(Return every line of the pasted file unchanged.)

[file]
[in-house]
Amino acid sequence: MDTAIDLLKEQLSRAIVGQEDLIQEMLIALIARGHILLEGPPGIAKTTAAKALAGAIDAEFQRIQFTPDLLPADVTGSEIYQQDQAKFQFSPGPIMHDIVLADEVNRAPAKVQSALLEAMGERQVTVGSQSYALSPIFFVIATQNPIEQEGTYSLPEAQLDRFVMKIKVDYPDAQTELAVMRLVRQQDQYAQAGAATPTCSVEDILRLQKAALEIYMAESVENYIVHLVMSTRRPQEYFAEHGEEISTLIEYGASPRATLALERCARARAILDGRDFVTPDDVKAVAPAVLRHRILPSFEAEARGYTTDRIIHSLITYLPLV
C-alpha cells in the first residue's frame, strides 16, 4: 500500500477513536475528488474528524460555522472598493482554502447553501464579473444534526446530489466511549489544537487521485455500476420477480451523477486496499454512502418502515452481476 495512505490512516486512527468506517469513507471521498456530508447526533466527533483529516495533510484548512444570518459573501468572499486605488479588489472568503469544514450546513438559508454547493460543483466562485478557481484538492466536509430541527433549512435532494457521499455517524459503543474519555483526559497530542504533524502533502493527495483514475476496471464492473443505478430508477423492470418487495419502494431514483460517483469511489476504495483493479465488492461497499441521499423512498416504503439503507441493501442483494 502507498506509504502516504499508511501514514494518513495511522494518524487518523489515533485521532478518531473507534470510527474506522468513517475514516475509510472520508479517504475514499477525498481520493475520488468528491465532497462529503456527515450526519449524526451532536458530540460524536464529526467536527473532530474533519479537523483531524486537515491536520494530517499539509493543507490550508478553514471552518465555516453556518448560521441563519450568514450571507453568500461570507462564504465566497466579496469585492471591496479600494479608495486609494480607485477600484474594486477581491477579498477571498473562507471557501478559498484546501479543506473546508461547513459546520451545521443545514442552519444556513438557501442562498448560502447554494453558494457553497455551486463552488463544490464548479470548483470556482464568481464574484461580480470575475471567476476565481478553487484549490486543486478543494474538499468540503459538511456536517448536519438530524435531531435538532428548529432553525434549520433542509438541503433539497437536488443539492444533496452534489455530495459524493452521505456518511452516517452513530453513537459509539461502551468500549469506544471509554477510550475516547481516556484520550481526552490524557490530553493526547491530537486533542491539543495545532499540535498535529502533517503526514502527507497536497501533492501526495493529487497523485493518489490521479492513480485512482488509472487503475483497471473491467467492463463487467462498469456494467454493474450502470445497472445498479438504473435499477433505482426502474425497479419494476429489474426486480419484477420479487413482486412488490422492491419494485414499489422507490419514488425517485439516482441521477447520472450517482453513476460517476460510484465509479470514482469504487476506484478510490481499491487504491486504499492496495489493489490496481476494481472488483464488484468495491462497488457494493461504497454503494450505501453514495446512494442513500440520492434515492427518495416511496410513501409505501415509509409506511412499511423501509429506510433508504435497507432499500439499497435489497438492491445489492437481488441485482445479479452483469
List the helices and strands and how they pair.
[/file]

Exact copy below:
[in-house]
Amino acid sequence: MDTAIDLLKEQLSRAIVGQEDLIQEMLIALIARGHILLEGPPGIAKTTAAKALAGAIDAEFQRIQFTPDLLPADVTGSEIYQQDQAKFQFSPGPIMHDIVLADEVNRAPAKVQSALLEAMGERQVTVGSQSYALSPIFFVIATQNPIEQEGTYSLPEAQLDRFVMKIKVDYPDAQTELAVMRLVRQQDQYAQAGAATPTCSVEDILRLQKAALEIYMAESVENYIVHLVMSTRRPQEYFAEHGEEISTLIEYGASPRATLALERCARARAILDGRDFVTPDDVKAVAPAVLRHRILPSFEAEARGYTTDRIIHSLITYLPLV
C-alpha cells in the first residue's frame, strides 16, 4: 500500500477513536475528488474528524460555522472598493482554502447553501464579473444534526446530489466511549489544537487521485455500476420477480451523477486496499454512502418502515452481476 495512505490512516486512527468506517469513507471521498456530508447526533466527533483529516495533510484548512444570518459573501468572499486605488479588489472568503469544514450546513438559508454547493460543483466562485478557481484538492466536509430541527433549512435532494457521499455517524459503543474519555483526559497530542504533524502533502493527495483514475476496471464492473443505478430508477423492470418487495419502494431514483460517483469511489476504495483493479465488492461497499441521499423512498416504503439503507441493501442483494 502507498506509504502516504499508511501514514494518513495511522494518524487518523489515533485521532478518531473507534470510527474506522468513517475514516475509510472520508479517504475514499477525498481520493475520488468528491465532497462529503456527515450526519449524526451532536458530540460524536464529526467536527473532530474533519479537523483531524486537515491536520494530517499539509493543507490550508478553514471552518465555516453556518448560521441563519450568514450571507453568500461570507462564504465566497466579496469585492471591496479600494479608495486609494480607485477600484474594486477581491477579498477571498473562507471557501478559498484546501479543506473546508461547513459546520451545521443545514442552519444556513438557501442562498448560502447554494453558494457553497455551486463552488463544490464548479470548483470556482464568481464574484461580480470575475471567476476565481478553487484549490486543486478543494474538499468540503459538511456536517448536519438530524435531531435538532428548529432553525434549520433542509438541503433539497437536488443539492444533496452534489455530495459524493452521505456518511452516517452513530453513537459509539461502551468500549469506544471509554477510550475516547481516556484520550481526552490524557490530553493526547491530537486533542491539543495545532499540535498535529502533517503526514502527507497536497501533492501526495493529487497523485493518489490521479492513480485512482488509472487503475483497471473491467467492463463487467462498469456494467454493474450502470445497472445498479438504473435499477433505482426502474425497479419494476429489474426486480419484477420479487413482486412488490422492491419494485414499489422507490419514488425517485439516482441521477447520472450517482453513476460517476460510484465509479470514482469504487476506484478510490481499491487504491486504499492496495489493489490496481476494481472488483464488484468495491462497488457494493461504497454503494450505501453514495446512494442513500440520492434515492427518495416511496410513501409505501415509509409506511412499511423501509429506510433508504435497507432499500439499497435489497438492491445489492437481488441485482445479479452483469
List the helices and strands and how they pair.